Council adjourns Viking Energy decision

A meeting to determine whether the council will object to an application to increase the size of the turbines which would form the Viking Energy windfarm has been adjourned amid confusion among members.

The firm is seeking permission to increase the height of the proposed 103 turbines by 10 metres to a maximum of 155 metres.

The Scottish government will have the final say on whether the project goes ahead but councillors met on Wednesday afternoon to discuss whether the local authority would, as a formal consultee, object to the application.

Councillors expressed dismay saying that it was unclear which new or modified conditions were being considered. Those matters already determined in 2009 and 2010 were not under the microscope.

Lerwick South councillor Cecil Smith said that he also felt uncomfortable that this decision was being taken by the council’s planning committee, with just a handful of members present, as opposed to the full council.

However, he was informed that a decision had to be made within 24 hours if the council were to fulfil its duty as a statutory consultee.

Meanwhile, Shetland South member George Smith said that he wanted a new report brought before the council which made it clear what specific issues were relevant to the varied consent application.

Councillor Catherine Hughson asked whether an extension could be granted to allow the council further time to consider its response.

The meeting was adjourned to allow the council’s corporate services executive manager Jan Riise to seek clarity on this issue.

• More in Friday’s Shetland Times.


Add Your Comment

    • February 13th, 2019 22:53

    In 2012, we were told that SCT’s 45% stake in Viking Energy was worth £57m. I believe that SCT retained the excellent Noble Grossart, in order to advise them on their Viking investment. I would be very interested to see Noble Grossart’s 2019 valuation of the SCT stake. It is critical for us, the residents of Shetland, to decide whether the proposed wind farm developments make any sort of sense, and whether they should be supported.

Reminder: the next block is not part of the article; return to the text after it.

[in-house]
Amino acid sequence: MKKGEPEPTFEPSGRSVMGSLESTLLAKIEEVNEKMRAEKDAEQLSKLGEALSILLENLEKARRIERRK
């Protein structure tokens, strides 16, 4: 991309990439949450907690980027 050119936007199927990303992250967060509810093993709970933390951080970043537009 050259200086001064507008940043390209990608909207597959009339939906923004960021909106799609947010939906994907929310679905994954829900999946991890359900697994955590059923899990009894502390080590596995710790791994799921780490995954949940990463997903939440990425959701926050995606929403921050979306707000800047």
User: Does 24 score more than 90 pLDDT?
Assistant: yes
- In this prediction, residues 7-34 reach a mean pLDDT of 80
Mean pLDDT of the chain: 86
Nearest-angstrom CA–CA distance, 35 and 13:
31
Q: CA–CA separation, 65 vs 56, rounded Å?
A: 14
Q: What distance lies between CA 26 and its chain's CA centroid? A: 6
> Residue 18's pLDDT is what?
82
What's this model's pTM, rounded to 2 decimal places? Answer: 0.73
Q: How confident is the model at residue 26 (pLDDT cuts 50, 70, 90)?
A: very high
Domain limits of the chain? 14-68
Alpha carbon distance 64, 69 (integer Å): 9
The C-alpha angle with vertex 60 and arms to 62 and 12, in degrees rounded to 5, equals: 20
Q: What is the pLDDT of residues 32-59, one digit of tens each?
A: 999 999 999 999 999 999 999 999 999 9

Owning a tourism-related business in Yell, I have a very strong feeling that the Viking Energy development in the mainland, and the Energy Isles development in Yell, will totally destroy the tourism business in Shetland. When we make decisions that will impact Shetland for the next twenty years,it is essential that we have the best possible professional advice, rather that the opinions of a few self-interested people.
    Let us be very careful about what we approve, for an astonishingly beautiful wilderness.

    Alan Skinner

  • Johan Adamson

    • February 15th, 2019 8:51

    I too am worried about the finance of all of this. What price are they going to bid in the CFD auction? One which is too high and they don’t win? One which is too low and actually ends up not viable? Who else is bidding?

    It was the SIC who passed the Viking Energy project to SCT. Does the SCT trust deed allow for further investment in VE? If it does then surely it will allow SCT to invest in other capital projects such as tunnels to the isles?

    • Christopher Johnston

      • February 15th, 2019 16:05

      The 2018 accounts of SCT and its subsidiary SCT renewables are available online and make interesting reading. It seems that SCT Renewables pays all of the normal operating expenses for the Viking Energy development and invested an additional £475,000 in 2017.


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